2. Welcomes in particular the recognition of the development of Africa as a priority for the EU and the fact that efforts will be stepped up to assist African countries to reach the MDGs; fully endorses the four components identified by the European Council for an EU-Africa strategic partnership: peace and security, governance, regional integration and trade, and development;

3. Recalls that development and achievement of the MDGs are first and foremost the responsibility of the developing countries themselves;

4. Underlines that development aid is only one factor that can contribute towards achieving the MDGs, and that it needs to be accompanied by other key factors such as sound, accountable and transparent institutions, compliance with human rights and international commitments, gender equality, appropriate trade and investment rules, knowledge transfers and security;

5. Welcomes the G8 proposals for HIPC debt cancellation of outstanding obligations of HIPCs to the IMF, the World Bank and the African Development Fund; underlines, however, that this debt cancellation excludes a number of debt-ridden low-income countries, that debt relief is no panacea in the fight against poverty, as many poor countries have low debt levels, and that debt relief carries the moral hazard of not necessarily addressing the needs of the poorest or the most needing countries;

6. Calls on the G8 countries to take further steps in the fight against poverty at their Summit in Gleneagles on 6-8 July;

7. Calls on developing countries, and on the EU in particular, not to spare any efforts to obtain a development-friendly outcome of the Doha Development Agenda, delivering increased market access for both industrial and agricultural goods as well as services for developing countries, establishing a timetable for eliminating trade-distorting agricultural export support and providing effective special and differential treatment for developing countries;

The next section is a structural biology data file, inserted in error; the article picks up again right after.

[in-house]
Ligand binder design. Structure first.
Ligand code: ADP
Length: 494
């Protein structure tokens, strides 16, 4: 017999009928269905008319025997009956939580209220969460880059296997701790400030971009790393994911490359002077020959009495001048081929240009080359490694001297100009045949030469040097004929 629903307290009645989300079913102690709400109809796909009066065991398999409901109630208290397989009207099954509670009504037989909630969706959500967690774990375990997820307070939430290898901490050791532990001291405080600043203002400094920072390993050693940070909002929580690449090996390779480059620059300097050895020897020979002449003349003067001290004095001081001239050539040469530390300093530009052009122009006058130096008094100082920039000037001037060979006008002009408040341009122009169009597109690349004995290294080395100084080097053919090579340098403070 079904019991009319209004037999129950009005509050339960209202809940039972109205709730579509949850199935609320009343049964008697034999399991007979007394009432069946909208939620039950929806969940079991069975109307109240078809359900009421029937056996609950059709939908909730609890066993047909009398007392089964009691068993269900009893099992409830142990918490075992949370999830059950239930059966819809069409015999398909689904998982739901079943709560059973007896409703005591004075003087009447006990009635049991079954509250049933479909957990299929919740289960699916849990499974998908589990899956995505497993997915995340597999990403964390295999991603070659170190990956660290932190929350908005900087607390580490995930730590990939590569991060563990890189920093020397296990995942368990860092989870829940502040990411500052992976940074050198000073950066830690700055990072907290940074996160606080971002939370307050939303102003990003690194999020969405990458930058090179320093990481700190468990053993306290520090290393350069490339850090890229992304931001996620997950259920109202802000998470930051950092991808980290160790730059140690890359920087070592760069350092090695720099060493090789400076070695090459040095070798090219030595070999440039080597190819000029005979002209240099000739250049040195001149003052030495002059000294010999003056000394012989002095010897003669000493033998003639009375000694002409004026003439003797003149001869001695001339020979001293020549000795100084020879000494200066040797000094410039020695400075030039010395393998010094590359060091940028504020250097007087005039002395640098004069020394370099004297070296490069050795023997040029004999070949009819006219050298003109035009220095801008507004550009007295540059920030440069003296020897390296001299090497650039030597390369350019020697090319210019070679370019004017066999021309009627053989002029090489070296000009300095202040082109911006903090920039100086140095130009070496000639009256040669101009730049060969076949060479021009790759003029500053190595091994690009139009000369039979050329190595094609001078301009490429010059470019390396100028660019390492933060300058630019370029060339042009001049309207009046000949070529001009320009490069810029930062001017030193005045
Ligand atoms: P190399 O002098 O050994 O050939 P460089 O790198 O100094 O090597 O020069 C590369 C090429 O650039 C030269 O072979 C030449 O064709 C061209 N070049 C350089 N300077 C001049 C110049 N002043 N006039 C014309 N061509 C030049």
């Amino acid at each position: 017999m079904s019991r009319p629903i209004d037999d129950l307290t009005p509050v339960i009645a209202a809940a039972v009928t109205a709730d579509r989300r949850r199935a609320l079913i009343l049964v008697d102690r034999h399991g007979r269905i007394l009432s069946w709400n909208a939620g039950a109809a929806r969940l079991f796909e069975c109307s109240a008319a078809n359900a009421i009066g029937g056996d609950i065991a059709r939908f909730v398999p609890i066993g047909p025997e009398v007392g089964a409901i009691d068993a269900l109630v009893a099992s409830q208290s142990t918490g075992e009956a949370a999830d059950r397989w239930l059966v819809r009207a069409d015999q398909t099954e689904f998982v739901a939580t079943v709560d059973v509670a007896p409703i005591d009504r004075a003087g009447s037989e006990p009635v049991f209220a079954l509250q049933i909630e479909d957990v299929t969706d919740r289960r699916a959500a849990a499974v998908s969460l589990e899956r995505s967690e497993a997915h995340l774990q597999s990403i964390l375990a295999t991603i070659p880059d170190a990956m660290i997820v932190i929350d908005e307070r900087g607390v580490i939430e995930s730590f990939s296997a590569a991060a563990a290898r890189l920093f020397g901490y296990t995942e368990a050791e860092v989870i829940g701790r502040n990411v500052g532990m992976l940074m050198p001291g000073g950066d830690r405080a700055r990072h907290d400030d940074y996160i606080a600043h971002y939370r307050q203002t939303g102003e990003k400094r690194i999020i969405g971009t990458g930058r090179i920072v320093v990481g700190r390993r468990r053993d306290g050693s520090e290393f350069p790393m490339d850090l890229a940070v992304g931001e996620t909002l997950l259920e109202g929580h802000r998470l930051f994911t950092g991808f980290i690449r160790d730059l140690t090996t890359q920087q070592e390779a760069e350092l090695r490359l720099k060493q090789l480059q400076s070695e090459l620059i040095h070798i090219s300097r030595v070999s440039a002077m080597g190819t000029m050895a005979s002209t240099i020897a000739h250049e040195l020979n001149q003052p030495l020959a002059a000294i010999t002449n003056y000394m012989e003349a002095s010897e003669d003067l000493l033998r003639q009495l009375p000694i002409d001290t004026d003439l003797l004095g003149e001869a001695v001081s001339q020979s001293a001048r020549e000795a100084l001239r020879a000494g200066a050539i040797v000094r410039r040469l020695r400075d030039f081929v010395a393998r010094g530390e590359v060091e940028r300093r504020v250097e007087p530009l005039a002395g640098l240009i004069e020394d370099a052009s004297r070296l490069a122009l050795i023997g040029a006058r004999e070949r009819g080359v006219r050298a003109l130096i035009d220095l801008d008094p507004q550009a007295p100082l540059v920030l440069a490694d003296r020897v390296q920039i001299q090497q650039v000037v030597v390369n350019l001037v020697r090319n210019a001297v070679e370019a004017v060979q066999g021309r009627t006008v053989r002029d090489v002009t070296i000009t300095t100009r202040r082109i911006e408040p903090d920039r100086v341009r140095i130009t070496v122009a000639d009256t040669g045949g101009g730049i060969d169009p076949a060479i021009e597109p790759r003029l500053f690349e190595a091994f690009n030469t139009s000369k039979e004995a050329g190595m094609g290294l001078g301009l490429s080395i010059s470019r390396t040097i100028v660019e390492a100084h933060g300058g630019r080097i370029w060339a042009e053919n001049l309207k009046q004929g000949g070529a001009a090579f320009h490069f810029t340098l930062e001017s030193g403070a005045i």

8. Underlines the key importance of policy coherence in increasing the efficiency and quality of aid; calls on the EU to lead global efforts and to increase its own and Member States’ coherence of policy areas such as trade, environment, agriculture and migration with development commitments;

9. Calls for a renewed EU Development Strategy to address issues of fragmentation, gaps and duplication of aid efforts among its Member States, between Member States and the EU institutions and among global aid donors;

10. Calls for EU coordination and complementarity strategies to also include the private sector as well as civil society actors;

11. Welcomes the Commission proposal for a regular report on the State of the Union on aid effectiveness in collaboration between the Commission and Member States;

12. Calls for the rapid adoption and implementation of the legislative proposal for the untying of EC aid;

13. Instructs its President to forward this resolution to the Council, the Commission, the governments and parliaments of the Member States and the accession countries, the United Nations and the Development Assistance Committee of the OECD.